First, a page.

Ayurvedic medicine originated in India over 5000 years ago, and has recently exploded onto the Western wellness scene. It explores how one’s mind, body, and lifestyle work in tandem to contribute to overall health, with the aim of restoring balance to the individual.
Ayurveda explores each individuals constitution as a ratio of three Doshas, or energies. The three Dosha’s are Vata, Pitta, and Kapha, each of which are associated with different properties.
Vata represents the element air, and is seen to be an enthusiastic, light, bubbly kind of energy. In excess, people with a Vata imbalance would be more prone to anxiety, restlessness, and problems with breath, speech, and circulation.
Pitta is the Dosha associated with fire, and can be irritable, fiery, and inflamed. Too much Pitta would lead to flushed skin, a tough time relaxing, inflammatory disorders, and excess sweat.
Kapha is the earth Dosha, and has a more grounded and rooted energy. An overly Kapha constitution would be associated with sluggishness, depression, overeating, and weight gain.
Various online quizzes will assess your energy levels, sleep, skin, symptoms, mood, and body composition to tell you more about your Dosha ratio’s and if you have an imbalance.
After dealing with skin irritations, acne, bloating, red cheeks, and poor sleep, I turned to Ayurveda out of curiosity and found my constitution skews towards too much Pitta. This makes sense as I frequently deal with inflammatory health issues, impatience, and sweat an inordinate amount. Following Ayurvedic principles, the solution is to balance out the Pitta with more Vata and Kapha energy, and bring my constitution into harmony.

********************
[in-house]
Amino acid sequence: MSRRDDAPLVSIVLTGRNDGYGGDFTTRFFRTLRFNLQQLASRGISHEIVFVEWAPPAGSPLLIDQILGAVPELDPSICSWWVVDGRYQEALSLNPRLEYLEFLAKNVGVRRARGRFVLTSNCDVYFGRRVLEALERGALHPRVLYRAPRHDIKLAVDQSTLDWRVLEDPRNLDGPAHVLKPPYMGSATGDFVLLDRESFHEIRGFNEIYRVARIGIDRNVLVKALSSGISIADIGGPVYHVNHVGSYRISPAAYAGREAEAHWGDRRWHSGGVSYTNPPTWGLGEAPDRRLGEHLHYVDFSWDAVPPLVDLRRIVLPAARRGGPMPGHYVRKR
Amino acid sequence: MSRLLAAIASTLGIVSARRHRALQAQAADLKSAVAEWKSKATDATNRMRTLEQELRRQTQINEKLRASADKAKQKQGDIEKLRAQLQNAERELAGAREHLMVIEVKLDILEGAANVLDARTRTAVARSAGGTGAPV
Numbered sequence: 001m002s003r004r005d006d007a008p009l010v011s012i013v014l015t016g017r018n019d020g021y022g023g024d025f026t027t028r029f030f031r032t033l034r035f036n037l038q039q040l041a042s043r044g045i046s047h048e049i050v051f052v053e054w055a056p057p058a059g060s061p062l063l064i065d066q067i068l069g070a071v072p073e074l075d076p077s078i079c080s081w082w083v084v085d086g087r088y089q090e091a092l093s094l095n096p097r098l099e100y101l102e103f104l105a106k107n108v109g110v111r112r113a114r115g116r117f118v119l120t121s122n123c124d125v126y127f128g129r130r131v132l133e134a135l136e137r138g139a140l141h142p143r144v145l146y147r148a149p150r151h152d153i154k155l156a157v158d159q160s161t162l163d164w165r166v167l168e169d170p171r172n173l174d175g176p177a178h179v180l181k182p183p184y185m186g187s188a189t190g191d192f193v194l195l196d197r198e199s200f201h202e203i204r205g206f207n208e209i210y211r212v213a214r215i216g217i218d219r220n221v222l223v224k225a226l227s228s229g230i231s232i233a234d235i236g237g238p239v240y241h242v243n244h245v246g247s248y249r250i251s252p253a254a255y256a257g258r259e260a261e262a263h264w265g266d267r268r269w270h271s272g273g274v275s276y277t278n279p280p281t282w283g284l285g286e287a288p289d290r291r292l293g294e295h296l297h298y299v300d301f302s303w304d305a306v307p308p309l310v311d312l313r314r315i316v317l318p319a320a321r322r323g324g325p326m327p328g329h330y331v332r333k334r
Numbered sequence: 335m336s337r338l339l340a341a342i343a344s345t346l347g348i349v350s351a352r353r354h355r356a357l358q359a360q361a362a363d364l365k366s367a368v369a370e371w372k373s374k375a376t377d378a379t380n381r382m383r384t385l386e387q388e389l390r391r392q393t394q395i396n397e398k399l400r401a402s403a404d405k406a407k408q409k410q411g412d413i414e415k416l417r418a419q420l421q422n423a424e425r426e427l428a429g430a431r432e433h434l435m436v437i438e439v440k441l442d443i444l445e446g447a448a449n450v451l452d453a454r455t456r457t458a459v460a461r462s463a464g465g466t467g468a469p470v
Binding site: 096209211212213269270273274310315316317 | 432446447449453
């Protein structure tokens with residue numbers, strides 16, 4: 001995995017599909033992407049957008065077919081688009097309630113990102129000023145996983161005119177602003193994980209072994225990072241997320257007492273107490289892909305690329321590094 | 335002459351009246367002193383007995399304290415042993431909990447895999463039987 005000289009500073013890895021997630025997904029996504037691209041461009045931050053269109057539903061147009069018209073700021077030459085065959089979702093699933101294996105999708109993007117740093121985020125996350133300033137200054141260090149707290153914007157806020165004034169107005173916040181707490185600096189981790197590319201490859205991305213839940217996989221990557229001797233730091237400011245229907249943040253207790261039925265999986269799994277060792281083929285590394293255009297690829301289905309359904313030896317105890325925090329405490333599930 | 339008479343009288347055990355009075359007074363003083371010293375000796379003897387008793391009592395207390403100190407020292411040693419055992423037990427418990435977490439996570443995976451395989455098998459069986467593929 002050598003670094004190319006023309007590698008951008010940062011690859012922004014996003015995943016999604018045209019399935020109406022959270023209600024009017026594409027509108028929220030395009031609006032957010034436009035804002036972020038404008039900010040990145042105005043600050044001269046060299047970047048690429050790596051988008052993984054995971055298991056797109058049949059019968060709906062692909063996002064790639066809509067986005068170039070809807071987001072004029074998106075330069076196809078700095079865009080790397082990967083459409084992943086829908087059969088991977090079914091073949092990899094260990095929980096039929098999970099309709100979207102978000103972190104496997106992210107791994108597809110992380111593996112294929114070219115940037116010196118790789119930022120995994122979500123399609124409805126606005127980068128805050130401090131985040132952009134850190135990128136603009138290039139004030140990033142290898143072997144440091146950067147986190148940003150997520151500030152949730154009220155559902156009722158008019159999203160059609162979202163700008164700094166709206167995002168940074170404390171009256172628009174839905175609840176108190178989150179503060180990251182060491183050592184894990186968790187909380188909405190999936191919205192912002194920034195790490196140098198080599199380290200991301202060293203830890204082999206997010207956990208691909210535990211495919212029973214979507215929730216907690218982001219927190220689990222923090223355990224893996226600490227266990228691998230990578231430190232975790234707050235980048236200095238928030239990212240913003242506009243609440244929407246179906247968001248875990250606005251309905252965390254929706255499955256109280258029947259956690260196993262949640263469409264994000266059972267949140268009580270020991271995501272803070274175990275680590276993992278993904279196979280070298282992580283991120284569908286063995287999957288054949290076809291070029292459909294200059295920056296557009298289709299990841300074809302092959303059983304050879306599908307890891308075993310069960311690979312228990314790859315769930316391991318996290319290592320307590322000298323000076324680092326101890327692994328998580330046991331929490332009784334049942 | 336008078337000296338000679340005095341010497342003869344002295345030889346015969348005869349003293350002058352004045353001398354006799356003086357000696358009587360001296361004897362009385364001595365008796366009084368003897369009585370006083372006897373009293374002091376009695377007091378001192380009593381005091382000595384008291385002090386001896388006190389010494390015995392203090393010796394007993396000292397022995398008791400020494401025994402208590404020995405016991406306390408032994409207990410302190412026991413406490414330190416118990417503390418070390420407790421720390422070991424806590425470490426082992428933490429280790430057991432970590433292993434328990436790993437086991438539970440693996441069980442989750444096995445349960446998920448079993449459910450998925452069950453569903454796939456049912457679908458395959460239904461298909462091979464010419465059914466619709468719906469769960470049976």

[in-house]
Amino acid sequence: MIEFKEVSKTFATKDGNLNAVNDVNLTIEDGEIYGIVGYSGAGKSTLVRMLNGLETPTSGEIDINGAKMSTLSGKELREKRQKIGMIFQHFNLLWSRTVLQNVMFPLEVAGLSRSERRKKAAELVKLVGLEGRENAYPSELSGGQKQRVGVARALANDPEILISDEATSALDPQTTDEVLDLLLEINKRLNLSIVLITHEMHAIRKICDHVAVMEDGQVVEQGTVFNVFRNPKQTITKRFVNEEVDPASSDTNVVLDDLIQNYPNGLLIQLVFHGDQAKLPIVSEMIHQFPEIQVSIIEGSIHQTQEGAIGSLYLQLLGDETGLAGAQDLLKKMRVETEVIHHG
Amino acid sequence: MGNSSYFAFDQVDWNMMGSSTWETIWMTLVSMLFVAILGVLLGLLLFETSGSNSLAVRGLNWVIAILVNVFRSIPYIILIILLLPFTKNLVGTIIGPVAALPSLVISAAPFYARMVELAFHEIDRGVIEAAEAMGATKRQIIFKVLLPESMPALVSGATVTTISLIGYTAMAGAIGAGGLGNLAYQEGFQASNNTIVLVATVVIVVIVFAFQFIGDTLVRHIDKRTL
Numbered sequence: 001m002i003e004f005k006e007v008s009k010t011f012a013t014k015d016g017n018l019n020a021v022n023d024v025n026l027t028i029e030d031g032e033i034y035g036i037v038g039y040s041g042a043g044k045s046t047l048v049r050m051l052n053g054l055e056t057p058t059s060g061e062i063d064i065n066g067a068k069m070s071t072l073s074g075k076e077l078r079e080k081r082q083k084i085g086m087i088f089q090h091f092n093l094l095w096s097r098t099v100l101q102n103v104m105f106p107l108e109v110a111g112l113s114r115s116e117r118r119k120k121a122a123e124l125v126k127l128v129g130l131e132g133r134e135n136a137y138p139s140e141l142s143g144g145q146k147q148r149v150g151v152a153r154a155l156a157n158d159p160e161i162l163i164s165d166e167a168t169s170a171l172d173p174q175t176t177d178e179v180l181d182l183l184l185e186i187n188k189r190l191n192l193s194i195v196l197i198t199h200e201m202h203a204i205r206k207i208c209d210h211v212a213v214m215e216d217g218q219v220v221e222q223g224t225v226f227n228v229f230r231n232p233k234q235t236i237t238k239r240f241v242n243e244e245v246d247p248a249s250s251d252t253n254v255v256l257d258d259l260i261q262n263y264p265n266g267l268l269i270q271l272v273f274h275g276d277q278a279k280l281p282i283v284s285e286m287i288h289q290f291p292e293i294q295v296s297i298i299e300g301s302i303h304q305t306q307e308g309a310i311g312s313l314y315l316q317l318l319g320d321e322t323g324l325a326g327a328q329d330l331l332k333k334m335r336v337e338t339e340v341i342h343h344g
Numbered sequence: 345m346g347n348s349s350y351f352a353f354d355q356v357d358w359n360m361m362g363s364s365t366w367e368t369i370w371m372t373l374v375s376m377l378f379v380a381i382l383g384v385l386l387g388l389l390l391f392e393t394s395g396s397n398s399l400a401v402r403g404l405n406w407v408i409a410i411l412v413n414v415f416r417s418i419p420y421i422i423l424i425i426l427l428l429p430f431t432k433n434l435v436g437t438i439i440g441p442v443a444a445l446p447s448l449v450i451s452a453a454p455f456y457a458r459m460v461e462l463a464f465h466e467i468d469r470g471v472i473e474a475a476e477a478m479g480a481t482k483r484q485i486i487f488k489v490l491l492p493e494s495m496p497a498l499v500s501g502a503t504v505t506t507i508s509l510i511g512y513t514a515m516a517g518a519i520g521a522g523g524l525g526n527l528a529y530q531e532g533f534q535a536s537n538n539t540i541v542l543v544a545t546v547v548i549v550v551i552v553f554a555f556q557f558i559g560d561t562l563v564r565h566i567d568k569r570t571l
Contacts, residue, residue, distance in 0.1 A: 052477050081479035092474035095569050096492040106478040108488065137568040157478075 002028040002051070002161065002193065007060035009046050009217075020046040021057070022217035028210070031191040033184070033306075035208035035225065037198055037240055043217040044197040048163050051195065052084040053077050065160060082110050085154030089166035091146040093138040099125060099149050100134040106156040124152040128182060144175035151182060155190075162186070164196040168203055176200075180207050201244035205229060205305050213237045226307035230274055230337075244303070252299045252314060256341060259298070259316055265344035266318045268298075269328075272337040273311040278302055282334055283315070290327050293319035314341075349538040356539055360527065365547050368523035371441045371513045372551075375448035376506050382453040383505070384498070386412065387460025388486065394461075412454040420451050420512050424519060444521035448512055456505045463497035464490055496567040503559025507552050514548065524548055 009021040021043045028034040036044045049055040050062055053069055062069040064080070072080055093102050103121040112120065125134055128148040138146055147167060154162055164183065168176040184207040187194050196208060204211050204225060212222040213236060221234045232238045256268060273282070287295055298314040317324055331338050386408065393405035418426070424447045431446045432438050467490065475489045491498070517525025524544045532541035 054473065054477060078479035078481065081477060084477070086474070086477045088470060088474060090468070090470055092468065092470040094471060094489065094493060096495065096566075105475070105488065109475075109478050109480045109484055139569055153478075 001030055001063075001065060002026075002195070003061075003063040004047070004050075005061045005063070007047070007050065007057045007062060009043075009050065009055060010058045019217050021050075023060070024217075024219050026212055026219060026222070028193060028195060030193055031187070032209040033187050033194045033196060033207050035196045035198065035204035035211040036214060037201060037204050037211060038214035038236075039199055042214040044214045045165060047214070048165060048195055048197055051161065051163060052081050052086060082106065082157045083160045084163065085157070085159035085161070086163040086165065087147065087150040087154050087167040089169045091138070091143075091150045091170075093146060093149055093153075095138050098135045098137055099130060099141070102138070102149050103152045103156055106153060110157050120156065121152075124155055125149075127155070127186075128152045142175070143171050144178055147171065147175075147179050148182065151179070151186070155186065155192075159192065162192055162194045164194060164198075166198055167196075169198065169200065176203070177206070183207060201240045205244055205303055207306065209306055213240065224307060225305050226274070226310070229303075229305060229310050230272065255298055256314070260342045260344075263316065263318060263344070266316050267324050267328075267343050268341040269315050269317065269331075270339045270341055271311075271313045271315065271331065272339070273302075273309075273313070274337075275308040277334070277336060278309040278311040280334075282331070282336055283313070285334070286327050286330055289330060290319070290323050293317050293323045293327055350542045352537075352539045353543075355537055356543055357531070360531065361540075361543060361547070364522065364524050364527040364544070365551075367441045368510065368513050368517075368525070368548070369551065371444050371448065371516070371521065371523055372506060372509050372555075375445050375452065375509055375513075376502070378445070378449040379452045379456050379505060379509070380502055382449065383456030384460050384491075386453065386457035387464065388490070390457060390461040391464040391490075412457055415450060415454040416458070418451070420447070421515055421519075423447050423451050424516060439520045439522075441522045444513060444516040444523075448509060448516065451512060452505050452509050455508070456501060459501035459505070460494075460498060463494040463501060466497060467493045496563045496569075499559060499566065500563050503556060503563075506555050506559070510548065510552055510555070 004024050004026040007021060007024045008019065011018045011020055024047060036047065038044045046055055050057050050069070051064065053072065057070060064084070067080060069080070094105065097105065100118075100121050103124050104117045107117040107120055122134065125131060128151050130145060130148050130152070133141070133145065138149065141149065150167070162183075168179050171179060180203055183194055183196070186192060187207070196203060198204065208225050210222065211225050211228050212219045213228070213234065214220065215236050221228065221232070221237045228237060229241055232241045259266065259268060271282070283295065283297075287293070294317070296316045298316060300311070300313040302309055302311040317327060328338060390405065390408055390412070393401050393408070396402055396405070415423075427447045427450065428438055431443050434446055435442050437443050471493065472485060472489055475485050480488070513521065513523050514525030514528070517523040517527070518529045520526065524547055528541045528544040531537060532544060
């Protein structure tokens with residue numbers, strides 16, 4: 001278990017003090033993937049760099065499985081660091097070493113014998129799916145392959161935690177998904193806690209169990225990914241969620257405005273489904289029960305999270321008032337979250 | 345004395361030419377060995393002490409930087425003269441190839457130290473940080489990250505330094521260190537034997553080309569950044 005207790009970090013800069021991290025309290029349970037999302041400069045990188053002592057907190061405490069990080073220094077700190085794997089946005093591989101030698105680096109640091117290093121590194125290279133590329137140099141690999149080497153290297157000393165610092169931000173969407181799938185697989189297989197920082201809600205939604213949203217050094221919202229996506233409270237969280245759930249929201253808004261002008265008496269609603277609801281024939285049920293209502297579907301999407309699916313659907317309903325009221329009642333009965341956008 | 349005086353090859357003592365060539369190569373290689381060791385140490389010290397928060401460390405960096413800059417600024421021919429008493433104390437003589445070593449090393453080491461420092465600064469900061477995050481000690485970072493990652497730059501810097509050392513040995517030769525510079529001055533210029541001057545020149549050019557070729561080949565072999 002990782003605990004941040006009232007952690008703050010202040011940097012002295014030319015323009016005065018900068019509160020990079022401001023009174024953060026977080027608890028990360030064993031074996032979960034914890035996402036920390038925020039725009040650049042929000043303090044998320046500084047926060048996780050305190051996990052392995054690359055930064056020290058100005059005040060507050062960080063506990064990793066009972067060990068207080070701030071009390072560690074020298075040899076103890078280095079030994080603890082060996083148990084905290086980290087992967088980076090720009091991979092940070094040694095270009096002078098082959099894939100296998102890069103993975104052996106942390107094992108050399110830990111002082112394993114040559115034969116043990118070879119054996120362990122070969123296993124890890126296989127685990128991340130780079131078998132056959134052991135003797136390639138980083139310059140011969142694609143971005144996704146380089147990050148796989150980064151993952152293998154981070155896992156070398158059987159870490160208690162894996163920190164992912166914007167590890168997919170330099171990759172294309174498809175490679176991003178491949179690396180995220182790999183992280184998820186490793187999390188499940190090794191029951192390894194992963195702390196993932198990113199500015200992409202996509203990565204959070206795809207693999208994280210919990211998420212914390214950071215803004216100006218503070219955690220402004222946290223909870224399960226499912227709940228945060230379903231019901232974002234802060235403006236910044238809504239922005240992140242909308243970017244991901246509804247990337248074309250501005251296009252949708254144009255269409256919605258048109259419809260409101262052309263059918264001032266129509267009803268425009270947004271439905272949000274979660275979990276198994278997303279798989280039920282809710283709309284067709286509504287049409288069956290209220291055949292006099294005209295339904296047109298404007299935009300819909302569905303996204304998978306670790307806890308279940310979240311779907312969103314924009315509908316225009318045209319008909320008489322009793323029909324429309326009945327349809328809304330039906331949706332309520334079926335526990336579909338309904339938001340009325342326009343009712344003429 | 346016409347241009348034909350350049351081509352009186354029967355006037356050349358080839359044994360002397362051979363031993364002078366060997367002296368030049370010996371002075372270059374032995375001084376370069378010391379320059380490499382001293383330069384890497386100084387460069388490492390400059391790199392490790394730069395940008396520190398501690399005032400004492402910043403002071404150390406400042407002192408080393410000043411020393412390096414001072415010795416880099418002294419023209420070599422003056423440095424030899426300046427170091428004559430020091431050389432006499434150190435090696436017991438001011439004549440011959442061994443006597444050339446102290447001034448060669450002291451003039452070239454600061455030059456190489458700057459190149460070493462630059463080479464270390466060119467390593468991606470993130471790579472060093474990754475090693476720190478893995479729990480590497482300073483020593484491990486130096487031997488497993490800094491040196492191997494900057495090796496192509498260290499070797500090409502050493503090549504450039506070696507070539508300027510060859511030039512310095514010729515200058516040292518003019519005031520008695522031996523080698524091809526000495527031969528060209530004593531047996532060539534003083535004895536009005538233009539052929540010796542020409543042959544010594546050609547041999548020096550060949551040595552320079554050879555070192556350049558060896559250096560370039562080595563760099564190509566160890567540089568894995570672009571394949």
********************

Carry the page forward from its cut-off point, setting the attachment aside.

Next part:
Diet, exercise, and over 700 Ayurvedic herbs play a huge role in our ability to balance out our Doshas. For example, Pitta is associated with fire and heat, so spicy foods would bring about more Pitta in your constitution, whereas Kapha is seen to be very grounded so would accompany root vegetables and earthy flavours.
To balance out the heat, aggravation, and inflammation in my health, Ayurveda would recommend adjusting diet and lifestyle to avoid that fiery sensation.
The following are recommended:
- raw foods
- cooling herbs such as parsley, dill, and mint
- sweet and mild tastes like cucumber, popcorn, green apples
- grounding and earthy foods and spices like turmeric, potatoes, and oats
- eating when you feel calm, balanced, and relaxed
While those seeking to minimise Pitta should limit:
- alcohol, caffeine, and stimulants
- spices and hot foods
- oily and deep fried foods
- pungent, sour, and salty tastes
- eating when highly emotionally charged
To me, this makes sense.
Spicy foods like chillies are a part of the nightshade family and are well-known to have a slight inflammatory effect – whereas turmeric contains circumin which is incredibly anti-inflammatory and often taken as a supplement.
You’ll also notice that it references numerous whole foods and plants, which is obviously better for your health in numerous ways. And of course, the emphasis on finding a calm, cooling, balanced energy in both your food and mindset, is likely beneficial.
Whilst Ayurveda is seen as an alternative health practice, it’s still very applicable to our modern understanding of science and medicine. From ancient Indian teachings to modern day Goop, Ayurveda has stood the test of time.